Tsunami Warning: Part 2

We asked the tuk-tuk driver where he would go if there were a tsunami and he said he was driving towards his home. Without thinking, I bravely asked if we could go with him. I would never make such a request under normal circumstances, but I didn’t think getting dropped off on a mountain with no cover for an indefinite period of time was a good idea. We needed an internet connection that would update us regularly about the tsunami warning. The driver sorta nodded, but I really wasn’t sure. And then his wife arrived on her moped behind us and the driver sighed with relief as he pointed toward her head scarf and said, “my wife.”

After driving a total of about 10 km, we turn onto a driveway and the driver says “internet,” pointing inside. We walk inside after removing our shoes and Giovanni sits down at the small desk to read the news about the earthquake. I look above the desk and see a photo of the driver, his wife, and their toddler son. I realized we were inside his home. At one point Giovanni used Google Translate to try and communicate with the driver’s wife and another man in the home.

Despite only being able to communicate a few words, within a few minutes we were sitting at the tuk-tuk driver’s dining table outside. We exchanged eye contact and frequent smiles with the driver’s wife, an older woman, and played with the toddler son. After checking the internet multiple times and turning on the local news, it seemed that the tsunami would hit in an hour and a half (7:30 pm), 2 hours after the earthquake off the coast of Sumatra. So we knew we would be waiting for a while.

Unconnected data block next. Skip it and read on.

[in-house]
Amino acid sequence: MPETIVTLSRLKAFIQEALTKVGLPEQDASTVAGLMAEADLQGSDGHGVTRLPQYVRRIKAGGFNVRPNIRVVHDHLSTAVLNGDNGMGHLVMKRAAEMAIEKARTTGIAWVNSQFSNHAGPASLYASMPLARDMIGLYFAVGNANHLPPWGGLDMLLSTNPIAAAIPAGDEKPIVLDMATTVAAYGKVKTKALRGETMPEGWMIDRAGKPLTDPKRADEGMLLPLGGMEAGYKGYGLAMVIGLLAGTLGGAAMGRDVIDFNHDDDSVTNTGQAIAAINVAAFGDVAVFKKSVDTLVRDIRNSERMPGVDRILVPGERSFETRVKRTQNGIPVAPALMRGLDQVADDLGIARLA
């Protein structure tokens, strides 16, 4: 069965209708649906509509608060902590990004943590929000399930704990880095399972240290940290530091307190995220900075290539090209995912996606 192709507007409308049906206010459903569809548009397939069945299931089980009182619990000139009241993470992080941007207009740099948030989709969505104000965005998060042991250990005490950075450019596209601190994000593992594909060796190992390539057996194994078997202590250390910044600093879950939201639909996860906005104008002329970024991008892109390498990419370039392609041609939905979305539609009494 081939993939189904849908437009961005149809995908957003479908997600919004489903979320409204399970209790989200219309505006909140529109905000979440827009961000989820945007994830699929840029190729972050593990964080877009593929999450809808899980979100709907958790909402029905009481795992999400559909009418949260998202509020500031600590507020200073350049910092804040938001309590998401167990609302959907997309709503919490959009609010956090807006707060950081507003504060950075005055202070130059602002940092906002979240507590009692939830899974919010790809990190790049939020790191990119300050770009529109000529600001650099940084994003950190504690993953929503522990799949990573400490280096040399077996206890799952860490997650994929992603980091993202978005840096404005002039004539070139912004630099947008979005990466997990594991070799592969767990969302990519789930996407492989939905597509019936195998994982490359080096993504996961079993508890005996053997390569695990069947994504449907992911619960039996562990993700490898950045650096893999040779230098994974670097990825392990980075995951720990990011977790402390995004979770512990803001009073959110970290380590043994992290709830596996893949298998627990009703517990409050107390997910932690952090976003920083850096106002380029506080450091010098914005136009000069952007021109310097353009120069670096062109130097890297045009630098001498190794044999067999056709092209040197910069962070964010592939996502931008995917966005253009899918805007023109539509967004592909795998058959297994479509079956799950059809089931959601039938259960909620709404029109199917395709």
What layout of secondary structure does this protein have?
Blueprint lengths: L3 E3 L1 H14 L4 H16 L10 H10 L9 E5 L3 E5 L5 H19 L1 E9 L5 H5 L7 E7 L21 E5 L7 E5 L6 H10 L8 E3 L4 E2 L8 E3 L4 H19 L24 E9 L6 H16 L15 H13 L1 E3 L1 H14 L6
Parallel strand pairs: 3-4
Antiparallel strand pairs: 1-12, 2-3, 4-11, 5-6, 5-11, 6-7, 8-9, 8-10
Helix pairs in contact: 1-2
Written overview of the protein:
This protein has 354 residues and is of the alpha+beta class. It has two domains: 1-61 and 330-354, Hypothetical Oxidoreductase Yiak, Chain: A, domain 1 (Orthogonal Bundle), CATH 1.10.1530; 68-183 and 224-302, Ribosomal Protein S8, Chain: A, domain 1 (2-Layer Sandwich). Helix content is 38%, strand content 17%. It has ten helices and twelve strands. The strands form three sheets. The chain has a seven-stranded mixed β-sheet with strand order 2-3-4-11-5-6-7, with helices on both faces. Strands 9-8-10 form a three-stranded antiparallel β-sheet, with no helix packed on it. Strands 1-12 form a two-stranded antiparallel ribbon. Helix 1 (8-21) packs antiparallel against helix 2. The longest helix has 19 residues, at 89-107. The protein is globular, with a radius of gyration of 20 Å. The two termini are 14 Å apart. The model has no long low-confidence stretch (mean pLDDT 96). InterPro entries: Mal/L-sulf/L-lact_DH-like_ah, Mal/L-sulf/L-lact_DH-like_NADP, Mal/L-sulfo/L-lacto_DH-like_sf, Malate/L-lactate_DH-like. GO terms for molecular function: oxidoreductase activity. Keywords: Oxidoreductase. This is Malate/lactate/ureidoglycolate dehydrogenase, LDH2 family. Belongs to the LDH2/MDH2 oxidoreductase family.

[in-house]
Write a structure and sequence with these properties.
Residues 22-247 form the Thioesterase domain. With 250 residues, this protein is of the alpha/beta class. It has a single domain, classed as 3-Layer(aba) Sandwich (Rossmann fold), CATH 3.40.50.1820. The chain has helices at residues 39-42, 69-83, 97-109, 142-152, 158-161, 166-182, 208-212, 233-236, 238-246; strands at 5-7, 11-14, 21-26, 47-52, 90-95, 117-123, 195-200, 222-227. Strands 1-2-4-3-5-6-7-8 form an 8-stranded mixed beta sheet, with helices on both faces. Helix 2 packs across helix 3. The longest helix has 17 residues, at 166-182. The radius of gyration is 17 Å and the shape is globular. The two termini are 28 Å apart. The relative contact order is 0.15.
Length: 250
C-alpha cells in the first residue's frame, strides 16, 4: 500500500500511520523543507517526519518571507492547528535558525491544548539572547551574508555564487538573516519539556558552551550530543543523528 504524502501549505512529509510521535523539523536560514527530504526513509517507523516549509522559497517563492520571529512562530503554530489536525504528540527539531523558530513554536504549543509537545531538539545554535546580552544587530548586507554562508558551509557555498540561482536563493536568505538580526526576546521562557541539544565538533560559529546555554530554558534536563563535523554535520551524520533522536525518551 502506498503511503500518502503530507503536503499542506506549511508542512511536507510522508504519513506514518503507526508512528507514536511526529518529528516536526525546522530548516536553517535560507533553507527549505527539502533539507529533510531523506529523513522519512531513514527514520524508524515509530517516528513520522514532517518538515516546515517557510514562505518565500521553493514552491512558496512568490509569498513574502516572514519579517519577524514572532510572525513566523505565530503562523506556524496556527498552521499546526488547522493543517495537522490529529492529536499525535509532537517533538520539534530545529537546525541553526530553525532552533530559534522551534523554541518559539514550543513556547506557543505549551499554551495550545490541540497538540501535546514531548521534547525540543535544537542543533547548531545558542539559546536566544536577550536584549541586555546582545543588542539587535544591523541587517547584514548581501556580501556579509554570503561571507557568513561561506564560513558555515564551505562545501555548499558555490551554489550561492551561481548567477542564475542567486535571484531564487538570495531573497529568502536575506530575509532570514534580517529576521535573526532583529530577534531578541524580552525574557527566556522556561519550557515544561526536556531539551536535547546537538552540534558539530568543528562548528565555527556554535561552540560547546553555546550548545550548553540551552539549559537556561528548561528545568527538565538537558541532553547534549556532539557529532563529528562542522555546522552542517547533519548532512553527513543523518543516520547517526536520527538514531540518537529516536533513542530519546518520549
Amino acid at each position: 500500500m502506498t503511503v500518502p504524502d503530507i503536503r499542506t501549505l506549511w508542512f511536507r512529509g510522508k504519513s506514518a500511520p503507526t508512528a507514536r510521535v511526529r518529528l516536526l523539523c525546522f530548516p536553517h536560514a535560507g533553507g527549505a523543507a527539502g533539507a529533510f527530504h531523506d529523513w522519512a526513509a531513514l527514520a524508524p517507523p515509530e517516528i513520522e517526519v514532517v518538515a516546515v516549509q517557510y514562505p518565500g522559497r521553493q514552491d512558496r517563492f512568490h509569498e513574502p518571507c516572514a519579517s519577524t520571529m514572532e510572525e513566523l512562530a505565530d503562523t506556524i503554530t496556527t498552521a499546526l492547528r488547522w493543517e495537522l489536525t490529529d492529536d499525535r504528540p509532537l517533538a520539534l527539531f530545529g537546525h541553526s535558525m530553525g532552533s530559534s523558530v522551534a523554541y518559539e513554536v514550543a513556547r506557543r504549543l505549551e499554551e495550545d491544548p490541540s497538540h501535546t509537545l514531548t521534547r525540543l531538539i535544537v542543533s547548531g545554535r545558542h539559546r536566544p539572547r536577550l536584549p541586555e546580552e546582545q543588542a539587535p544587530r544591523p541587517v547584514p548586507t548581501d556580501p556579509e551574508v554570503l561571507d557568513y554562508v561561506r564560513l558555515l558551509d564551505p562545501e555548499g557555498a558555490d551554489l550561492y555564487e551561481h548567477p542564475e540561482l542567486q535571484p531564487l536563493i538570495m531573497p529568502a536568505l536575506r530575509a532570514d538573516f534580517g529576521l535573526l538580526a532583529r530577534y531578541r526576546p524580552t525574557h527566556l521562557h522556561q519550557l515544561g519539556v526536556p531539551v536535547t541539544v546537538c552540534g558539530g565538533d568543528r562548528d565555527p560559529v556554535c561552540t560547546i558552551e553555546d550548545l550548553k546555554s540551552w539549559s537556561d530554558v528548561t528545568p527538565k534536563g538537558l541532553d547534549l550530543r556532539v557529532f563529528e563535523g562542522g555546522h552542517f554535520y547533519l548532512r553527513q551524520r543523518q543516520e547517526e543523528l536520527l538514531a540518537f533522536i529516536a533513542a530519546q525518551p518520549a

The driver’s wife began to graciously cook in the outdoor kitchen. It started raining, and by the time dinner was served, there was no electricity. Our hosts kindly brought candles so we could eat the most delicious fried rice we had eaten in Thailand.

We continued to follow the news until around 9 pm, when the tsunami warning was lifted. At this point, the tuk-tuk driver took us back to our hotel. The streets were pitch black and our hotel was deserted. All the employees had left. So we gathered the remainder of our belongings and went back up the mountain to find a different hotel further from the beach and had a restful night of sleep.

Though the tsunami never arrived, we will always remember the anxiety we felt that day, the kindness of the tuk-tuk driver and his family, and the realization that only very few belongings our valuable enough to take in an emergency.

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